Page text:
iHire has published a new research report uncovering job seekers’ preferences when searching for work. The What Candidates Want: 2023 Job Seeker Report details the results of iHire’s survey of a Qualtrics panel comprising 600 working professionals in all industries across the United States.
The following is a sampling of iHire’s survey findings:
- Candidates want employers to communicate openly and honestly throughout the recruitment process. 95.5 percent of respondents want employers to acknowledge they’ve received their application after applying for a job online, and 81.8 percent want employers to inform them if they are disqualified from a job. Moreover, 38.7 percent of candidates said they would be less likely to interact with a brand in the future if they apply for a job and don't hear back from the company.
- Candidates want to know salary ranges – and a lack of pay transparency can be a dealbreaker. 78.5 percent of candidates would be more likely to apply for a job if the salary was listed in the ad, while 44.7 percent said they would not apply if the salary was not specified.
- Candidates want some form of in-person work, but remote work options remain essential. 67.8 percent of respondents preferred either an in-person work environment (36.3 percent) or hybrid arrangement (31.5 percent). However, remote work was still a “must-have” for many job seekers: 42.7 percent of candidates said remote work was one of the most important aspects of their job search, and 27.2 percent said they wouldn’t bother applying for a job if remote work was not an option.
- Candidates want employers to embrace fair, unbiased hiring practices. Although only 16.8 percent of respondents said a company’s commitment to DE&I was among the most important aspects of their job search, 41.7 percent said they would be more likely to apply for a job if they knew the employer used “blind” or “anonymous” recruitment tools to reduce bias and increase diversity hiring.
- Candidates want employers to value their time, especially if they are putting in the work. While 62.6 percent of candidates want to spend less than 20 minutes on an online application, they are making an effort to get in front of employers: 57.7 percent customize their resume for the position they’re applying for “always” or “most of the time,” and 55.7 percent include a cover letter “always” or “most of the time” even if it’s not required. Additionally, 74.5 percent of candidates follow up on their applications “always” or “most of the time.”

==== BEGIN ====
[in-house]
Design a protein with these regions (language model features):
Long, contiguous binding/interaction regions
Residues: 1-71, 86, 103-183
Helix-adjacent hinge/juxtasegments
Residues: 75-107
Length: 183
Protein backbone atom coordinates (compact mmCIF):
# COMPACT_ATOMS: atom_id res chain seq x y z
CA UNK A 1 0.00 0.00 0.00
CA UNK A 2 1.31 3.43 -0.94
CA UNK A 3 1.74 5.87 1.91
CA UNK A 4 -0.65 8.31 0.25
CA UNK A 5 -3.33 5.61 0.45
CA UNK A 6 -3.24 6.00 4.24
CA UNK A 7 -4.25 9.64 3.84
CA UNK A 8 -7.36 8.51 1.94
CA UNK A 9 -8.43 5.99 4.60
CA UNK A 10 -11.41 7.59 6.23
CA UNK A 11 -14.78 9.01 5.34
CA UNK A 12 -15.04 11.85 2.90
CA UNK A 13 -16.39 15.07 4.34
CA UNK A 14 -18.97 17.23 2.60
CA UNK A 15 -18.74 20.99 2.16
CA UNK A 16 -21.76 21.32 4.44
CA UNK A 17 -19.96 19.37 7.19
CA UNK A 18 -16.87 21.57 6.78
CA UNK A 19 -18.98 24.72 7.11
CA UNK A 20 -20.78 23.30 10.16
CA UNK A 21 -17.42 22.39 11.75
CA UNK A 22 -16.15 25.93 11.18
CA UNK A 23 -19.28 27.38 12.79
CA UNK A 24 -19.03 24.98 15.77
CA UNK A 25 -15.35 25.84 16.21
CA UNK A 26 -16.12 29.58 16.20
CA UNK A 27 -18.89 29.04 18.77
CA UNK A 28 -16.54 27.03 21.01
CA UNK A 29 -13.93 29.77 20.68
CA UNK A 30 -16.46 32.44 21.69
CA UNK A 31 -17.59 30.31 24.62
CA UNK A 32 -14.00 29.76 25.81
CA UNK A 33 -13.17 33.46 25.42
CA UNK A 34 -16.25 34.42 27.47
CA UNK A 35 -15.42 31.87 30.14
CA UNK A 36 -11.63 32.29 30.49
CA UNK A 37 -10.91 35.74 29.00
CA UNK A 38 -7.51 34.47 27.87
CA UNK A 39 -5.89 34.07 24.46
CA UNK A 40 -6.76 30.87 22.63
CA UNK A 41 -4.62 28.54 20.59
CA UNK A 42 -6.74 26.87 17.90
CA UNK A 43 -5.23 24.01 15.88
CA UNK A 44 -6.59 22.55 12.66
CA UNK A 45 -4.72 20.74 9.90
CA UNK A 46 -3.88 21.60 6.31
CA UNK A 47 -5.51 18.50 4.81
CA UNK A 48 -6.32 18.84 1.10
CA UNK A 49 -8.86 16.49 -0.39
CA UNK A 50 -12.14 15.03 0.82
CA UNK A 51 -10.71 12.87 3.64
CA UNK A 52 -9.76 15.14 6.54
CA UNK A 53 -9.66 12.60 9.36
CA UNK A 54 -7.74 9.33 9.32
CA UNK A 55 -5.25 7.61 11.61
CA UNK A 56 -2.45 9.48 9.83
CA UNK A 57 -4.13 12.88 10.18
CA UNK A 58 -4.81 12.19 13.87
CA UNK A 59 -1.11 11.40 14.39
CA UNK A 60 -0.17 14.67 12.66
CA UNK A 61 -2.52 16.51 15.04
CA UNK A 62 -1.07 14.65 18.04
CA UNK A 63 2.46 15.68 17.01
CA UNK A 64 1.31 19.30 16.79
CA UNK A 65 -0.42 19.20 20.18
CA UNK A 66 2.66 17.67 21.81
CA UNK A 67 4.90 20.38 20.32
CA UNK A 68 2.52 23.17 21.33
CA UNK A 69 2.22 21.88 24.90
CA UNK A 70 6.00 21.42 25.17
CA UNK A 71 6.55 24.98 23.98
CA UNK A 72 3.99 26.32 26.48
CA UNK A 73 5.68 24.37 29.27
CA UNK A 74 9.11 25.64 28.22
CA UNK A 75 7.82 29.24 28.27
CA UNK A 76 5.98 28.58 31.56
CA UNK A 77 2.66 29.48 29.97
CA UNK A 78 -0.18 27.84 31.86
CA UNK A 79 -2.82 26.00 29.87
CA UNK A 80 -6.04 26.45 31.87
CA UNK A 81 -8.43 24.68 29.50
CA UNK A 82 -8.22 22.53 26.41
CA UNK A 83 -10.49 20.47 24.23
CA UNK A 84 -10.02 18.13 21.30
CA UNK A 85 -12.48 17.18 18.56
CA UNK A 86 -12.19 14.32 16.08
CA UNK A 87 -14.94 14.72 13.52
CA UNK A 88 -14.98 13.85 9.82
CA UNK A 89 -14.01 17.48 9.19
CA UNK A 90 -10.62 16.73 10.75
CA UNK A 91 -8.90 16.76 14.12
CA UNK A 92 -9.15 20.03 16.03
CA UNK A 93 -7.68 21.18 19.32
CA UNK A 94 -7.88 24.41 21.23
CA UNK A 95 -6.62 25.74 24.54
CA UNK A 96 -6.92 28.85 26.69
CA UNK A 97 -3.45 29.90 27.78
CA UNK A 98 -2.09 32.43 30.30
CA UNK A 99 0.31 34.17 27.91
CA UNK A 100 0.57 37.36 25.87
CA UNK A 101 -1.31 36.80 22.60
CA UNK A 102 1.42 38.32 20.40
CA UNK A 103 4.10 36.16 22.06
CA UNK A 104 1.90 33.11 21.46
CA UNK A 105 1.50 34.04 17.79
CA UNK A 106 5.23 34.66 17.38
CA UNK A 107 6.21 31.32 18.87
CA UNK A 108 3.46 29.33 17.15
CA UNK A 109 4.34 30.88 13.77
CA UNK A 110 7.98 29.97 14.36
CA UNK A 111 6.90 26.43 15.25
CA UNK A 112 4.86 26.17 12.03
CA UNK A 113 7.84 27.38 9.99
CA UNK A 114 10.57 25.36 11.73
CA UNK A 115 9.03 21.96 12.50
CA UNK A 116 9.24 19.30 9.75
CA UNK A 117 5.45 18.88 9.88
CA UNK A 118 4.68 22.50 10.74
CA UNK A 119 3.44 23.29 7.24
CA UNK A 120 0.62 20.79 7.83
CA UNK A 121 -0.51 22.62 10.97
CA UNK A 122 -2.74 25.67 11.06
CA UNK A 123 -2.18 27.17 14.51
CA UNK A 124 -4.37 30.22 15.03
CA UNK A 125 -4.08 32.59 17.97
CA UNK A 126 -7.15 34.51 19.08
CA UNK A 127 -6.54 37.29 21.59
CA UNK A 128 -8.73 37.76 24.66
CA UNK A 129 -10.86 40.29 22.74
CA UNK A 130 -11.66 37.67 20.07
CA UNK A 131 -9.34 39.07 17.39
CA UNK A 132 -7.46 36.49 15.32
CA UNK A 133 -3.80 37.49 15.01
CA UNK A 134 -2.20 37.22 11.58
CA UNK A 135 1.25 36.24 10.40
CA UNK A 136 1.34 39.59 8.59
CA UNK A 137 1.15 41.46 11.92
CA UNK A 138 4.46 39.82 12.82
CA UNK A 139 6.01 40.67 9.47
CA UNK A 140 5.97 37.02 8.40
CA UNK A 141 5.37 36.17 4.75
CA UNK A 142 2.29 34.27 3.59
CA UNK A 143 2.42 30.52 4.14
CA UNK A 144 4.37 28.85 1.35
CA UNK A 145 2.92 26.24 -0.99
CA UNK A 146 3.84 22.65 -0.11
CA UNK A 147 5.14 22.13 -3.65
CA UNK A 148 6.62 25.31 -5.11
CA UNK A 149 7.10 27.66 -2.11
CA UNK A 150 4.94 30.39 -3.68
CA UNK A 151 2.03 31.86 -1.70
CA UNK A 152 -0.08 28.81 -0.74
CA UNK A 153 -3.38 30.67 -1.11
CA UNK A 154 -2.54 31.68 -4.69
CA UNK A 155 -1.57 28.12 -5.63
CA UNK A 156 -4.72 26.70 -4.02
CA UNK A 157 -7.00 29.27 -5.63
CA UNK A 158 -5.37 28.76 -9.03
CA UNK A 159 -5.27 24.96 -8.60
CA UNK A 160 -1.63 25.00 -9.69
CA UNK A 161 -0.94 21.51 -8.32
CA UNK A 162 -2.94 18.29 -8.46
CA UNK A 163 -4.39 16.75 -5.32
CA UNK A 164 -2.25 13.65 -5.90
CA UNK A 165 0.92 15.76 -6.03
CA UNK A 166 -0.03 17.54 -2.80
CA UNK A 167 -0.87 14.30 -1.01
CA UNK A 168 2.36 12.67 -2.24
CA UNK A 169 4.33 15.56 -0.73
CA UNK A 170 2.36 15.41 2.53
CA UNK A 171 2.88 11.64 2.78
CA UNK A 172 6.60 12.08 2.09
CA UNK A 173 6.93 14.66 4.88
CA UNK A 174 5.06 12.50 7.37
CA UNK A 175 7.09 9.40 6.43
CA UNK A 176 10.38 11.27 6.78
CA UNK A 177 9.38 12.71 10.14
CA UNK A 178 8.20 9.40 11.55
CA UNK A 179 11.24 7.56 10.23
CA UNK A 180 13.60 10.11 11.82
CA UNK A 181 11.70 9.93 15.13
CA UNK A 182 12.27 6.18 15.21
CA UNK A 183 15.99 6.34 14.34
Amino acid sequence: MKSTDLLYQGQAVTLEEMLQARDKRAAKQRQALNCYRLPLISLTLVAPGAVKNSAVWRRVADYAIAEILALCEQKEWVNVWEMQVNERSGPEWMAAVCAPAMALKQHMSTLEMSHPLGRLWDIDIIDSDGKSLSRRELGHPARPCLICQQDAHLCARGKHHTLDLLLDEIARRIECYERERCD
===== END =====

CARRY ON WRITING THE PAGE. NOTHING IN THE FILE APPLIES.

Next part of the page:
- Candidates want employment options beyond traditional full-time roles, particularly part-time jobs. 57.3 percent of respondents were interested in part-time work, compared to 51.7 percent interested in full-time opportunities. A portion of candidates were also looking for temporary jobs (17.8 percent), gig work (17.7 percent), and seasonal jobs (17.3 percent).
- Candidates want to work for a company with a positive employer brand – and they want proof. 37.5 percent of candidates said a company’s reputation as a good place to work was one the most important factors in their job search, while 76.0 percent research the hiring company before applying for a job “always” or “most of the time.” Of those who do their research, 65.7 percent said they want to read employee reviews/testimonials to gauge what it’s really like to work for the company.
“Our research underscores the importance of a candidate-centric approach to hiring, as themes such as transparency, communication, flexibility, equity, and empathy appeared throughout survey responses,” said Steve Flook, iHire’s President and CEO. “We found it fascinating that nearly 40 percent of job seekers would be less likely to interact with a brand if they received a poor candidate experience. Employers who treat applicants well will not only have a competitive edge when it comes to recruiting, but also in their overall success as a business.”
From WCI's HR Answers Now ©2023 CCH Incorporated and its affiliates. All rights reserved.
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